Blue Jays MiLB Schneider Developing Alongside his Players

Schneids
milb.com photo

Toronto Blue Jays Minor League Manager John Schneider has travelled a long road, and like many of the players on the championship teams he’s managed the past two seasons, he’s on the cusp of a Major League job.

A career Blue Jay, Schneider was originally drafted by the Tigers in the 24th round of the 2001 draft after making All Colonial Conference Association as a Catcher, Schneider opted to return to school at Delaware (where he says he, “Majored in Sociology, and minored in baseball”):

 I didn’t know if I was quite ready to leave school yet, and I was signed up to play in the Cape Cod League, which I really wanted to do.  I had two years of college eligibility left, and I felt like one more year of school would be good for me. It kind of worked out for me, and I decided to leave school the next year.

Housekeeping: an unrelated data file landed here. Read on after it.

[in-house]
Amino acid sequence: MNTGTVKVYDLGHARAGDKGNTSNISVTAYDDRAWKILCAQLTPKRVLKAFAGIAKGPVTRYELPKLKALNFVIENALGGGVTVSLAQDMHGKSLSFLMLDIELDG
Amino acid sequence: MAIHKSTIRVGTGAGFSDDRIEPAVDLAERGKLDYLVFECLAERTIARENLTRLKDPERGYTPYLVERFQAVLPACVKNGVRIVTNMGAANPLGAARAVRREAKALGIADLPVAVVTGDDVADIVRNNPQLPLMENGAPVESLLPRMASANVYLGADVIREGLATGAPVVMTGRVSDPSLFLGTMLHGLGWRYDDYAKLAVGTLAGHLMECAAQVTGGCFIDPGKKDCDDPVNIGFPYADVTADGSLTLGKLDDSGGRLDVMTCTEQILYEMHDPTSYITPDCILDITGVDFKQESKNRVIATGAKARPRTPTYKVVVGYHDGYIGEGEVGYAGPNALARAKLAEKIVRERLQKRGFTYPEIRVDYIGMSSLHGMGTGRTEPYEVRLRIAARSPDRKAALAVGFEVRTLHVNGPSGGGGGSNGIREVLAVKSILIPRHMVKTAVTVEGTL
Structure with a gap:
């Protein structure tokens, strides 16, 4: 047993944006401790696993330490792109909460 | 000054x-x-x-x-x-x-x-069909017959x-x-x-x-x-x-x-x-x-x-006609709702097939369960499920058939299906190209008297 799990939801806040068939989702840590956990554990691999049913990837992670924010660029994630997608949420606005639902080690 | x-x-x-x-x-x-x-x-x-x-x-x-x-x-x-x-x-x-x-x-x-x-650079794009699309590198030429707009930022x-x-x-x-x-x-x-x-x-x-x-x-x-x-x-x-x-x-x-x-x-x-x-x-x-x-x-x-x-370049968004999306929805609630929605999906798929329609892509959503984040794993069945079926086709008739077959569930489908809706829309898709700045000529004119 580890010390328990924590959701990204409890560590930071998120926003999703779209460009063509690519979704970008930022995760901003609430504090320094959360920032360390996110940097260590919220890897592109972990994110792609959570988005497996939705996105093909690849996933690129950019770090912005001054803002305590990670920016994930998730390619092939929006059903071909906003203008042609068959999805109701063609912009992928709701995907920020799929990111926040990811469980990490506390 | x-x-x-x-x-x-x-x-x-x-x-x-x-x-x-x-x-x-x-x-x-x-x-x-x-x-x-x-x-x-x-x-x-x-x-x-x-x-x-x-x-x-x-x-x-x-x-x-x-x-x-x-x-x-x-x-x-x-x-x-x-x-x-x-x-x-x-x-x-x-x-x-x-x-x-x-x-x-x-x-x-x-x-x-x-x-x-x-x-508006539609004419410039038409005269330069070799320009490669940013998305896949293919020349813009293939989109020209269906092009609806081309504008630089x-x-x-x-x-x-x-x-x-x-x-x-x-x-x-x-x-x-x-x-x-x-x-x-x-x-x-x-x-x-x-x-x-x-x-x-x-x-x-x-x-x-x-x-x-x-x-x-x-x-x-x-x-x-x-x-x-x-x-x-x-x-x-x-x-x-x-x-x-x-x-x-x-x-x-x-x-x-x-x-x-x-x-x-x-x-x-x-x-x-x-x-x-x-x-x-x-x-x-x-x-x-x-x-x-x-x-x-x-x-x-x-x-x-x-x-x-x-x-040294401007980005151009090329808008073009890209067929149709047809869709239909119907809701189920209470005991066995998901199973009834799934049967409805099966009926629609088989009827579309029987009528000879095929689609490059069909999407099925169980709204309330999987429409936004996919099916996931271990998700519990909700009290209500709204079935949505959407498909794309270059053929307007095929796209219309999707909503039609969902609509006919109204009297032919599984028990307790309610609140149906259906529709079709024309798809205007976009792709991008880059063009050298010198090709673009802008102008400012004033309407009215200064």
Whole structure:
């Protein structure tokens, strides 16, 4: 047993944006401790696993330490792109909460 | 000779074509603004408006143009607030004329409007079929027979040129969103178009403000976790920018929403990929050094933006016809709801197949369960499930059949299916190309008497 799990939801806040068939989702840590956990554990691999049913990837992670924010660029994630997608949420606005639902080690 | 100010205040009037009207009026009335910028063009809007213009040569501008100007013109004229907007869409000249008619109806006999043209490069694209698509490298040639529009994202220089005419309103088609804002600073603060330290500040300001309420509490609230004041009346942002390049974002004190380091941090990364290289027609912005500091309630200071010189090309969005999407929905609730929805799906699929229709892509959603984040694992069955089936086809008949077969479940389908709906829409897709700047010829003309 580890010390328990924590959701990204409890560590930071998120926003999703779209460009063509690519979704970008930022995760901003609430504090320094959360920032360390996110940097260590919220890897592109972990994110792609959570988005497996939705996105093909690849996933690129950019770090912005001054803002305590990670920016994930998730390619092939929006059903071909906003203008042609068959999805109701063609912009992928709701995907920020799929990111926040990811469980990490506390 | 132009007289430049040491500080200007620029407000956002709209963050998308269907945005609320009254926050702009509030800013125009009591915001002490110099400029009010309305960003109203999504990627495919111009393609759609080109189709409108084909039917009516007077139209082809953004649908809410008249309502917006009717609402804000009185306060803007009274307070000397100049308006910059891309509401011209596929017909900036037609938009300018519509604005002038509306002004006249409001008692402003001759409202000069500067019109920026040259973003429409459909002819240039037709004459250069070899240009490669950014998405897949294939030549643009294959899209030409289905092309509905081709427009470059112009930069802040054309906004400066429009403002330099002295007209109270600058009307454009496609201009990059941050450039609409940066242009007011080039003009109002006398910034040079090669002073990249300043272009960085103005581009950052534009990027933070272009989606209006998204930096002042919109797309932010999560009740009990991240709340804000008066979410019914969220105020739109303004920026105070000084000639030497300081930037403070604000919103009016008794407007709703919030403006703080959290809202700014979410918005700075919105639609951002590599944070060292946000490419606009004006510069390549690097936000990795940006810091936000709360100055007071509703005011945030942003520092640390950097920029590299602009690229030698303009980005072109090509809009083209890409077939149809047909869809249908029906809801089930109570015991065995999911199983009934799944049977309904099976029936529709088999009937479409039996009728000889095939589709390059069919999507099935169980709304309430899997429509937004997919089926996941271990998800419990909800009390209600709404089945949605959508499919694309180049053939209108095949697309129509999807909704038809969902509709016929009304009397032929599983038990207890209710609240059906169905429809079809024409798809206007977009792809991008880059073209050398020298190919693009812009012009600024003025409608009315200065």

Schneider was drafted by the Blue Jays in the 13th round the following year, and soon after was off to Auburn of the New York Penn League (the Blue Jays’ short-season affiliate at the time), where he slashed .240/.381/.352 in 40 games.  Schneider moved up through the organization, until back surgery following the 2006 season and three concussions suffered the following year gave him cause to consider his post playing career:

I had back surgery in 2006, and then came back and played the next year, then – everyone reaches a point in their career where you start thinking, “maybe this isn’t going to work out for me,” and I had bounced around so much…..then it was the concussions (three in 2007) that gave me a pretty good scare, and started me thinking about my long-term future outside of baseball….you put everything together, between hitting your peak as a player, and throw in some injuries, and it was time for me to call it a career, and luckily I had a coaching gig with the Blue Jays lined up.  I went from being in the locker room at spring training to going into a coaches meeting the next day.